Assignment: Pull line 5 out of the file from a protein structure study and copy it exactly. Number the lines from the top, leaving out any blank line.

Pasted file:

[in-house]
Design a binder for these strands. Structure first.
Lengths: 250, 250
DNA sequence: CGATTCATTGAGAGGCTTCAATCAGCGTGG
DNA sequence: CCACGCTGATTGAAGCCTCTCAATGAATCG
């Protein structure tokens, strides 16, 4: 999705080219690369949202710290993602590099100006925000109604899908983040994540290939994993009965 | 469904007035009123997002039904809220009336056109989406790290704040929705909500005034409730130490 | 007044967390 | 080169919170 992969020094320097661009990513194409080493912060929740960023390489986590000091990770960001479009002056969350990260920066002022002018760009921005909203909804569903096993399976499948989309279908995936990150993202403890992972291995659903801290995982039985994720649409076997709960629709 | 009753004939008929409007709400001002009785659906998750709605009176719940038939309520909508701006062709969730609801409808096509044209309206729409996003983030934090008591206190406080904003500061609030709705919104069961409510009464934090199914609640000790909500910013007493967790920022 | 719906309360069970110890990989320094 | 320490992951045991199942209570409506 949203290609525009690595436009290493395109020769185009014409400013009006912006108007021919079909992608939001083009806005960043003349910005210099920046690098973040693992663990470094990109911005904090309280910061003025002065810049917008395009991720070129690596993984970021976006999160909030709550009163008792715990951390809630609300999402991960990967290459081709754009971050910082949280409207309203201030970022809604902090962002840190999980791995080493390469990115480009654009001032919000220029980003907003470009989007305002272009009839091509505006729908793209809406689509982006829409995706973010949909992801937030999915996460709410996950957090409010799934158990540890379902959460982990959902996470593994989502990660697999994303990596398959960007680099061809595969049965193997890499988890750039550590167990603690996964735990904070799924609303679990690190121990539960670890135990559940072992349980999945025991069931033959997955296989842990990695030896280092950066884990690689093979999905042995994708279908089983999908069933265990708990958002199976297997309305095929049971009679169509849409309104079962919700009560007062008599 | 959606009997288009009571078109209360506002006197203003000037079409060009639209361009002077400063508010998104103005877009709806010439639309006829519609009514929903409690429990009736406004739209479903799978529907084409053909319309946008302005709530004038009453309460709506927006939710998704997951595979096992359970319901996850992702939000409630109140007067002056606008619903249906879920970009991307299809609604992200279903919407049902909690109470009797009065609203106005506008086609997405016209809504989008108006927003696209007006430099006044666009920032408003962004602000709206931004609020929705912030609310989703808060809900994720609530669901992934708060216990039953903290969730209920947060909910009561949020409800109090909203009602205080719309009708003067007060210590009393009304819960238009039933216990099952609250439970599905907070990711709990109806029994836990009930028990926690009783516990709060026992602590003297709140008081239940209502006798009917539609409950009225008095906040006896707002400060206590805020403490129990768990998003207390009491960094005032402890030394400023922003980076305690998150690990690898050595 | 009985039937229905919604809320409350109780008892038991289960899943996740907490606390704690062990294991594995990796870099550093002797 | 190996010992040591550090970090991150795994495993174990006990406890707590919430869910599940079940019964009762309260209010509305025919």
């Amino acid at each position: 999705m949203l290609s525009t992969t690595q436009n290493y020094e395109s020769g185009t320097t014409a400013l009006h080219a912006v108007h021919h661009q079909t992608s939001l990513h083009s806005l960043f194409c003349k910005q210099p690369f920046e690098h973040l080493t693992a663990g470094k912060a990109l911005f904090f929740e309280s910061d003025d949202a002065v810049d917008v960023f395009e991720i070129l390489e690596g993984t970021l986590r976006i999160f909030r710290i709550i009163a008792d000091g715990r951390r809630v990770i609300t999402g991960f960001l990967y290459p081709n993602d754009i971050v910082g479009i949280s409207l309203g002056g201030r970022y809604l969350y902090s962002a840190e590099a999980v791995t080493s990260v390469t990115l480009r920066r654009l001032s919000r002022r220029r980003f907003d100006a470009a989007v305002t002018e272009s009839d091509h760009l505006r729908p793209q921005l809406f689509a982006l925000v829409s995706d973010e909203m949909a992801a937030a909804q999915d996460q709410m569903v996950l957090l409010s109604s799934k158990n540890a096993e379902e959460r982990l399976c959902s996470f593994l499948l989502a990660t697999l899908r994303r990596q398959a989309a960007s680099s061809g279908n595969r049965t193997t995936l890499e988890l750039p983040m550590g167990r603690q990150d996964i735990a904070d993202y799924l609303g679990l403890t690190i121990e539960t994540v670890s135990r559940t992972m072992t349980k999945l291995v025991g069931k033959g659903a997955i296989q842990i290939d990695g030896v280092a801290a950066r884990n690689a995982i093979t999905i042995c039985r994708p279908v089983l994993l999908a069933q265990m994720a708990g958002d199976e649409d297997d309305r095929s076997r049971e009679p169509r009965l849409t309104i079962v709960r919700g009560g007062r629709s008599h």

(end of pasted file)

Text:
DNA sequence: CCACGCTGATTGAAGCCTCTCAATGAATCG